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Some mechanisms of transverse nuclear magnetic relaxation in model membranes Sternin, Edward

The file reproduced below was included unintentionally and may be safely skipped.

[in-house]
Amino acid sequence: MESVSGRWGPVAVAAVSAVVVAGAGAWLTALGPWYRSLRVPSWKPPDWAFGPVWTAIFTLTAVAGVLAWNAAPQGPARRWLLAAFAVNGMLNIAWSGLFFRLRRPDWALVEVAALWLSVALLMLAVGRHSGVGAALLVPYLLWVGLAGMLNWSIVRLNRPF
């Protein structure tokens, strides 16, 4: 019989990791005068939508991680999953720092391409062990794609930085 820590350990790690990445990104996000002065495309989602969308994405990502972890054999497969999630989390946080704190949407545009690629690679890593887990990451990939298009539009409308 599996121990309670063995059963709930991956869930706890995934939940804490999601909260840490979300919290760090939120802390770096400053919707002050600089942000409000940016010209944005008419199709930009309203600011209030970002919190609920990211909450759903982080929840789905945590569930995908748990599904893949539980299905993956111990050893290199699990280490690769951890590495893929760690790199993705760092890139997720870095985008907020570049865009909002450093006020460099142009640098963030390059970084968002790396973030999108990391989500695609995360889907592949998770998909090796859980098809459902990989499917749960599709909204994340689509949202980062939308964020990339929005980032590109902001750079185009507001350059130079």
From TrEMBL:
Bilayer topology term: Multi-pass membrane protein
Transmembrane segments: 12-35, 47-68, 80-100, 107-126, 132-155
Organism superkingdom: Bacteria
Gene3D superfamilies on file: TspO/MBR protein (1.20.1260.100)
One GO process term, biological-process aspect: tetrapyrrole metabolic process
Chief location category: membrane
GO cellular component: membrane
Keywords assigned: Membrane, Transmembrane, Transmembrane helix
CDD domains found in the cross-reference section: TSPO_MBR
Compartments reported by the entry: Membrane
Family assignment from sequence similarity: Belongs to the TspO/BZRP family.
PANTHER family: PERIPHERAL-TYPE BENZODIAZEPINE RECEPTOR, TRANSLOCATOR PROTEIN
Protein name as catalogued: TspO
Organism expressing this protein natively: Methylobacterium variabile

Experimental proof is presented that some of the motions responsible for transverse relaxation (T₂) in deuterium magnetic resonance (²H NMR) experiments on acyl chains of a model membrane in the liquid crystalline phase are extremely slow on the ²H NMR time scale being characterized by a correlation time T₂ > ѡq⁻¹. The experiments used to investigate these slow motions involve a form of the Carr-Purcell-Meiboom-Gill pulse sequence modified so as to be suitable for ²H NMR (q-CPMG). The most plausible mechanism responsible for T₂ relaxation is the gradual change in the average molecular orientation due to lateral diffusion of the phospholipid molecules along curved membrane surfaces. Presence of such diffusion is directly established by a selective inversion recovery experiment in which magnetization transfer across the spectrum is seen. The results of the T₂ relaxation as measured in the q-CPMG experiments are fitted to an average correlation time, T₂ ≈ 62 ms, yielding an estimate of the average effective radius of curvature of 1.2 µm for a typical model membrane system, in good agreement with other methods of measurement. The implications of this main result are examined for a number of model membranes; in particular, considerable changes are seen in the character of molecular motions in systems containing small concentrations of sterols. Similarly, changes caused by the topological differences between the lamellar L∝ and hexagonal H₁₁ phases are examined in a model membrane system which undergoes a L∝ to H₁₁ phase transition. A novel way of quantifying the differences in the orientational order parameters across the phase transition is used; the observed differences are consistent with the different symmetry properties of the two phases. Perdeuteriated polycrystalline hexamethylbenzene is used to demonstrate various methods of measuring ²H NMR relaxation. In addition, some aspects of orientation dependence of the relaxation rates are examined, and found to agree with the theory.

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